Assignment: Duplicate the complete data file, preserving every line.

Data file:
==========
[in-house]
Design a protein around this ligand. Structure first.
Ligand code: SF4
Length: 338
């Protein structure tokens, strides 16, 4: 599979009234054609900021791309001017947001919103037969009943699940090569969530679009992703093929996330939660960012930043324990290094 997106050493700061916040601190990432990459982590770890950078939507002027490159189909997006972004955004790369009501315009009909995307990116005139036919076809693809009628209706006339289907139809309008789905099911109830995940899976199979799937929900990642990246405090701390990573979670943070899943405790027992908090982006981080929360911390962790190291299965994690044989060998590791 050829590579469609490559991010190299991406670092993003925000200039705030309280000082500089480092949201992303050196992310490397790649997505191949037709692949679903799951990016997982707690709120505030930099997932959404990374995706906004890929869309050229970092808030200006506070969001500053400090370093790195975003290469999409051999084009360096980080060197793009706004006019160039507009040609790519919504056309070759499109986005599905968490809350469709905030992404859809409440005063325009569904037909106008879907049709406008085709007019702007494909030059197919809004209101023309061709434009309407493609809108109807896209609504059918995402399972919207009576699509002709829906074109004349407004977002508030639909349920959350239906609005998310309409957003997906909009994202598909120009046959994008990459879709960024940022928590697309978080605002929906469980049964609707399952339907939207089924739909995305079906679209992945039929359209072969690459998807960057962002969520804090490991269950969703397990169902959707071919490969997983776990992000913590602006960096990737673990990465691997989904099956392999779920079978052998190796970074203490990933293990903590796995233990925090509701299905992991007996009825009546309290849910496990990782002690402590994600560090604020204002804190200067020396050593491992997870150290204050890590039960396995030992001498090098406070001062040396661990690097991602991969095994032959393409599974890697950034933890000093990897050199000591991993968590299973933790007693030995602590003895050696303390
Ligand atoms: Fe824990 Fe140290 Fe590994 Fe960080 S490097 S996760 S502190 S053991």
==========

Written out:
[in-house]
Design a protein around this ligand. Structure first.
Ligand code: SF4
Length: 338
């Protein structure tokens, strides 16, 4: 599979009234054609900021791309001017947001919103037969009943699940090569969530679009992703093929996330939660960012930043324990290094 997106050493700061916040601190990432990459982590770890950078939507002027490159189909997006972004955004790369009501315009009909995307990116005139036919076809693809009628209706006339289907139809309008789905099911109830995940899976199979799937929900990642990246405090701390990573979670943070899943405790027992908090982006981080929360911390962790190291299965994690044989060998590791 050829590579469609490559991010190299991406670092993003925000200039705030309280000082500089480092949201992303050196992310490397790649997505191949037709692949679903799951990016997982707690709120505030930099997932959404990374995706906004890929869309050229970092808030200006506070969001500053400090370093790195975003290469999409051999084009360096980080060197793009706004006019160039507009040609790519919504056309070759499109986005599905968490809350469709905030992404859809409440005063325009569904037909106008879907049709406008085709007019702007494909030059197919809004209101023309061709434009309407493609809108109807896209609504059918995402399972919207009576699509002709829906074109004349407004977002508030639909349920959350239906609005998310309409957003997906909009994202598909120009046959994008990459879709960024940022928590697309978080605002929906469980049964609707399952339907939207089924739909995305079906679209992945039929359209072969690459998807960057962002969520804090490991269950969703397990169902959707071919490969997983776990992000913590602006960096990737673990990465691997989904099956392999779920079978052998190796970074203490990933293990903590796995233990925090509701299905992991007996009825009546309290849910496990990782002690402590994600560090604020204002804190200067020396050593491992997870150290204050890590039960396995030992001498090098406070001062040396661990690097991602991969095994032959393409599974890697950034933890000093990897050199000591991993968590299973933790007693030995602590003895050696303390
Ligand atoms: Fe824990 Fe140290 Fe590994 Fe960080 S490097 S996760 S502190 S053991």